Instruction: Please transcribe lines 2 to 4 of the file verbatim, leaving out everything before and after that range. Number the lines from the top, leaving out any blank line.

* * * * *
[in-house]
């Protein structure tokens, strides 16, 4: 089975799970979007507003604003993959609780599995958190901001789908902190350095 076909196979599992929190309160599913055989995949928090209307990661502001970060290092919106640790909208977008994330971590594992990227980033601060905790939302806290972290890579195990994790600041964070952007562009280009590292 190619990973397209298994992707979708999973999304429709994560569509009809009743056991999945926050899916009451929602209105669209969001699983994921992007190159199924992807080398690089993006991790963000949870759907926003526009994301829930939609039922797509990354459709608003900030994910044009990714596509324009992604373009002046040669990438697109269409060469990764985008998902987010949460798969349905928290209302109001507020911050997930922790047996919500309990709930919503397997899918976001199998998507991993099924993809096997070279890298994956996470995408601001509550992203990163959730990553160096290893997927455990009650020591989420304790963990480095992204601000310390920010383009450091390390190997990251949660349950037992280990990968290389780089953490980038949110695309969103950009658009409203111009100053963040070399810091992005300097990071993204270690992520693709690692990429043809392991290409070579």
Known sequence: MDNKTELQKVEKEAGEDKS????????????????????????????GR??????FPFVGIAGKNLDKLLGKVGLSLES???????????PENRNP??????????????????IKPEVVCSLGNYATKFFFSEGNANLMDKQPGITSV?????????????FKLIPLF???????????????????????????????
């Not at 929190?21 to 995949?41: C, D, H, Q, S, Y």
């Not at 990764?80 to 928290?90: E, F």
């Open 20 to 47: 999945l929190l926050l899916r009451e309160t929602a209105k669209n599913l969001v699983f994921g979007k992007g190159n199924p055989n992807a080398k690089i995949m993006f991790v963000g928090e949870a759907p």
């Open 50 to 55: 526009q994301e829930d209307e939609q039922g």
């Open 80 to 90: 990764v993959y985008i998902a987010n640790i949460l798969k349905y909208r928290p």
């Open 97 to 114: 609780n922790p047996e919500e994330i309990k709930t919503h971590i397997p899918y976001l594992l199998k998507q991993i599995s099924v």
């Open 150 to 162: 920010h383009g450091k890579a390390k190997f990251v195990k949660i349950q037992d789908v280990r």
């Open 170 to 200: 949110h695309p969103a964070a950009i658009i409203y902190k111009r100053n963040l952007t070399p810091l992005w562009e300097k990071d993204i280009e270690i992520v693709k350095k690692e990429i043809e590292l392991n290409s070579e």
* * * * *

């Protein structure tokens, strides 16, 4: 089975799970979007507003604003993959609780599995958190901001789908902190350095 076909196979599992929190309160599913055989995949928090209307990661502001970060290092919106640790909208977008994330971590594992990227980033601060905790939302806290972290890579195990994790600041964070952007562009280009590292 190619990973397209298994992707979708999973999304429709994560569509009809009743056991999945926050899916009451929602209105669209969001699983994921992007190159199924992807080398690089993006991790963000949870759907926003526009994301829930939609039922797509990354459709608003900030994910044009990714596509324009992604373009002046040669990438697109269409060469990764985008998902987010949460798969349905928290209302109001507020911050997930922790047996919500309990709930919503397997899918976001199998998507991993099924993809096997070279890298994956996470995408601001509550992203990163959730990553160096290893997927455990009650020591989420304790963990480095992204601000310390920010383009450091390390190997990251949660349950037992280990990968290389780089953490980038949110695309969103950009658009409203111009100053963040070399810091992005300097990071993204270690992520693709690692990429043809392991290409070579």
Known sequence: MDNKTELQKVEKEAGEDKS????????????????????????????GR??????FPFVGIAGKNLDKLLGKVGLSLES???????????PENRNP??????????????????IKPEVVCSLGNYATKFFFSEGNANLMDKQPGITSV?????????????FKLIPLF???????????????????????????????
């Not at 929190?21 to 995949?41: C, D, H, Q, S, Y």